>[...] I've added the product type to the session object.

I have created new object types for each new product that inherit from
the original object which includes all of the methods and override
methods that require different logic.

[...]

is there any way I can do this without using if/else or switch logic
in each webservice method? I was thinking of a function that maps the
session and returns a type so I can cast from the base object. But I
do not know how to do this, or if it is even possible. Thanks guys!
If the various objects types for the different products are not too big
(they do not contain a lot of instance data), you could consider storing the
objects themselves (instead of their types) in the Session. In this way,
your web methods could just retrieve the object from the Session, cast it to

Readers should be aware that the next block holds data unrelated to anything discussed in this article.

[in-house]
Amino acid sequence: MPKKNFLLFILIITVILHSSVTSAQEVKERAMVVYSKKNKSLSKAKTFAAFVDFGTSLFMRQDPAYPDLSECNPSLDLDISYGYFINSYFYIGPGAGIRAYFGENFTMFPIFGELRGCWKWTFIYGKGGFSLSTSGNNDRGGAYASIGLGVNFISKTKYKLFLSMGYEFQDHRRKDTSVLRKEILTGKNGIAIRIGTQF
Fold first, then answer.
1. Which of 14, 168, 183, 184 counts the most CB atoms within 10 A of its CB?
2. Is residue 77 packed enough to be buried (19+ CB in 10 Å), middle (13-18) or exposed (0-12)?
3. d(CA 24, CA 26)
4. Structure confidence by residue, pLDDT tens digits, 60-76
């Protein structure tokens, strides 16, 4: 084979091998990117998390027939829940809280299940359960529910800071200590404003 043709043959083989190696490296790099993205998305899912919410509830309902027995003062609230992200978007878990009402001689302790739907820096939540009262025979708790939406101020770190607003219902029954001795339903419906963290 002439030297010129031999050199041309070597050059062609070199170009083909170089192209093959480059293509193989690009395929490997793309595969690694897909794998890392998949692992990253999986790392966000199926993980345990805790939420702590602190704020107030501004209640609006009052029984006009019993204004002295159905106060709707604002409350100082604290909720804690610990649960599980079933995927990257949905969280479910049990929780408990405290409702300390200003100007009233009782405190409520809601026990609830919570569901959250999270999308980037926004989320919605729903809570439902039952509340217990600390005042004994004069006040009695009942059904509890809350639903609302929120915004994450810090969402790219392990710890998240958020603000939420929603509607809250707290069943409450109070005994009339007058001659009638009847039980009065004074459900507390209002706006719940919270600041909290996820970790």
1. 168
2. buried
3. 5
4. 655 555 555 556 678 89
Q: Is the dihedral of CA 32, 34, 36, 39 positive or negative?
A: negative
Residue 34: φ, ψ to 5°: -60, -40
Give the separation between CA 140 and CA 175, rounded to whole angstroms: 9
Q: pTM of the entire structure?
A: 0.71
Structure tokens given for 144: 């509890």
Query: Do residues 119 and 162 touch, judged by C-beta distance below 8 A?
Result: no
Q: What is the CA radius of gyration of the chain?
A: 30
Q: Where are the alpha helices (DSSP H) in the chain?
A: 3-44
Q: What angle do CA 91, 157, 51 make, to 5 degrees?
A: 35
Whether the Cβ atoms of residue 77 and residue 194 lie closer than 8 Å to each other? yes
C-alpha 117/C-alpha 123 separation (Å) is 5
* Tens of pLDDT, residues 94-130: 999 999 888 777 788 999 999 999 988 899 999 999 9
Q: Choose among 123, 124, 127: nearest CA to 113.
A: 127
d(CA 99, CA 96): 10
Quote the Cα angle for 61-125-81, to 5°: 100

the base type, and call the corresponding method just the way you wanted.

If this is not suitable, you could put your "if/else or switch logic"
(that provides the adequate object from its type) inside a specific private
method that returns the base class for your products. Then call this private
method at the beginning of all your web methods and invoke the proper method
on the object returned.

If the switch logic becomes too big, you could simplify it by using
Reflection to create an object from the name of the type (stored in
Session), but I think that this is overkill and the single method containing
the switch statement should solve the problem quite nicely.

Sep 4 '07 #2
On Sep 4, 3:59 pm, "Alberto Poblacion" <earthling-